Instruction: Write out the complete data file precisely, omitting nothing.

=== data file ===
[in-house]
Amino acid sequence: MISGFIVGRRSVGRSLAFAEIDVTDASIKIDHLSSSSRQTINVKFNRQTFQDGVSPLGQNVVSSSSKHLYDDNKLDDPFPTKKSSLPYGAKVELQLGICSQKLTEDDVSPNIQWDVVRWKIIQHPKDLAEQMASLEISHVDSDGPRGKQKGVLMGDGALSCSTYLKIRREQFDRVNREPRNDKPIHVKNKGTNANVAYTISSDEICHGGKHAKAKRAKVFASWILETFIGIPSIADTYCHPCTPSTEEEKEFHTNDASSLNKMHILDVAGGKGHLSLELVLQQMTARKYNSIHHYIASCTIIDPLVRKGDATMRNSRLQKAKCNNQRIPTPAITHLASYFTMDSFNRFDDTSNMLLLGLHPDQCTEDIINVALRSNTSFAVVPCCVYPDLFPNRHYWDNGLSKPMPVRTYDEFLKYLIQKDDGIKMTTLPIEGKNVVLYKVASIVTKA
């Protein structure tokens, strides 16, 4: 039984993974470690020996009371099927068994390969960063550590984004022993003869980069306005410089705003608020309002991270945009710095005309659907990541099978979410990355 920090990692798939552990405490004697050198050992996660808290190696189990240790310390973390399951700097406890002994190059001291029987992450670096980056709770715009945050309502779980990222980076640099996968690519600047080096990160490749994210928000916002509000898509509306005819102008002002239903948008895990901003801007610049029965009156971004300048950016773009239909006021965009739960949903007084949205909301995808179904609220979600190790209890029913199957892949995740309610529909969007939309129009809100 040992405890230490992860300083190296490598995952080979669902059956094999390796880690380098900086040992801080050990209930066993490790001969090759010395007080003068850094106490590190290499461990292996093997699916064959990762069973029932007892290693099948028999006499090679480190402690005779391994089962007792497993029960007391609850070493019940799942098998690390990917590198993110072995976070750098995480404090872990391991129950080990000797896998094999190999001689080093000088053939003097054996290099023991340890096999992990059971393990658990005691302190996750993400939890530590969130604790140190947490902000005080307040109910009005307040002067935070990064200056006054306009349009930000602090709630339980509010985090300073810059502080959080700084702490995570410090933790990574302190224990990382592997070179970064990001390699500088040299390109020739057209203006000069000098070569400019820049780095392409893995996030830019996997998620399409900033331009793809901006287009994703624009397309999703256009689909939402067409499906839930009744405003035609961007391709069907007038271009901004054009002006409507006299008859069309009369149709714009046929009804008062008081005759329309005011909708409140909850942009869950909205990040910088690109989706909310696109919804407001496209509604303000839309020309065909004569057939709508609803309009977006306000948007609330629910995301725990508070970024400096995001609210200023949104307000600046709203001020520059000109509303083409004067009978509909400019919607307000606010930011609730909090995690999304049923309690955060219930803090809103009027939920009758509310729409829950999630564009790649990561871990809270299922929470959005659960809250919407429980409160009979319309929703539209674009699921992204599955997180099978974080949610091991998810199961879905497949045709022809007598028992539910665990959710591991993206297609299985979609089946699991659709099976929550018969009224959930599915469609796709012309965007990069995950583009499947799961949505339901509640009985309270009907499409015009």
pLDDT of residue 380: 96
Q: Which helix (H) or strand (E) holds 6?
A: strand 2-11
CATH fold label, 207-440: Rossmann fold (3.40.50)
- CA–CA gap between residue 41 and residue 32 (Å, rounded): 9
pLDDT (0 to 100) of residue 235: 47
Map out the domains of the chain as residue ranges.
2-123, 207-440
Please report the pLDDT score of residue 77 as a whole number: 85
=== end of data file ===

[in-house]
Amino acid sequence: MISGFIVGRRSVGRSLAFAEIDVTDASIKIDHLSSSSRQTINVKFNRQTFQDGVSPLGQNVVSSSSKHLYDDNKLDDPFPTKKSSLPYGAKVELQLGICSQKLTEDDVSPNIQWDVVRWKIIQHPKDLAEQMASLEISHVDSDGPRGKQKGVLMGDGALSCSTYLKIRREQFDRVNREPRNDKPIHVKNKGTNANVAYTISSDEICHGGKHAKAKRAKVFASWILETFIGIPSIADTYCHPCTPSTEEEKEFHTNDASSLNKMHILDVAGGKGHLSLELVLQQMTARKYNSIHHYIASCTIIDPLVRKGDATMRNSRLQKAKCNNQRIPTPAITHLASYFTMDSFNRFDDTSNMLLLGLHPDQCTEDIINVALRSNTSFAVVPCCVYPDLFPNRHYWDNGLSKPMPVRTYDEFLKYLIQKDDGIKMTTLPIEGKNVVLYKVASIVTKA
């Protein structure tokens, strides 16, 4: 039984993974470690020996009371099927068994390969960063550590984004022993003869980069306005410089705003608020309002991270945009710095005309659907990541099978979410990355 920090990692798939552990405490004697050198050992996660808290190696189990240790310390973390399951700097406890002994190059001291029987992450670096980056709770715009945050309502779980990222980076640099996968690519600047080096990160490749994210928000916002509000898509509306005819102008002002239903948008895990901003801007610049029965009156971004300048950016773009239909006021965009739960949903007084949205909301995808179904609220979600190790209890029913199957892949995740309610529909969007939309129009809100 040992405890230490992860300083190296490598995952080979669902059956094999390796880690380098900086040992801080050990209930066993490790001969090759010395007080003068850094106490590190290499461990292996093997699916064959990762069973029932007892290693099948028999006499090679480190402690005779391994089962007792497993029960007391609850070493019940799942098998690390990917590198993110072995976070750098995480404090872990391991129950080990000797896998094999190999001689080093000088053939003097054996290099023991340890096999992990059971393990658990005691302190996750993400939890530590969130604790140190947490902000005080307040109910009005307040002067935070990064200056006054306009349009930000602090709630339980509010985090300073810059502080959080700084702490995570410090933790990574302190224990990382592997070179970064990001390699500088040299390109020739057209203006000069000098070569400019820049780095392409893995996030830019996997998620399409900033331009793809901006287009994703624009397309999703256009689909939402067409499906839930009744405003035609961007391709069907007038271009901004054009002006409507006299008859069309009369149709714009046929009804008062008081005759329309005011909708409140909850942009869950909205990040910088690109989706909310696109919804407001496209509604303000839309020309065909004569057939709508609803309009977006306000948007609330629910995301725990508070970024400096995001609210200023949104307000600046709203001020520059000109509303083409004067009978509909400019919607307000606010930011609730909090995690999304049923309690955060219930803090809103009027939920009758509310729409829950999630564009790649990561871990809270299922929470959005659960809250919407429980409160009979319309929703539209674009699921992204599955997180099978974080949610091991998810199961879905497949045709022809007598028992539910665990959710591991993206297609299985979609089946699991659709099976929550018969009224959930599915469609796709012309965007990069995950583009499947799961949505339901509640009985309270009907499409015009």
pLDDT of residue 380: 96
Q: Which helix (H) or strand (E) holds 6?
A: strand 2-11
CATH fold label, 207-440: Rossmann fold (3.40.50)
- CA–CA gap between residue 41 and residue 32 (Å, rounded): 9
pLDDT (0 to 100) of residue 235: 47
Map out the domains of the chain as residue ranges.
2-123, 207-440
Please report the pLDDT score of residue 77 as a whole number: 85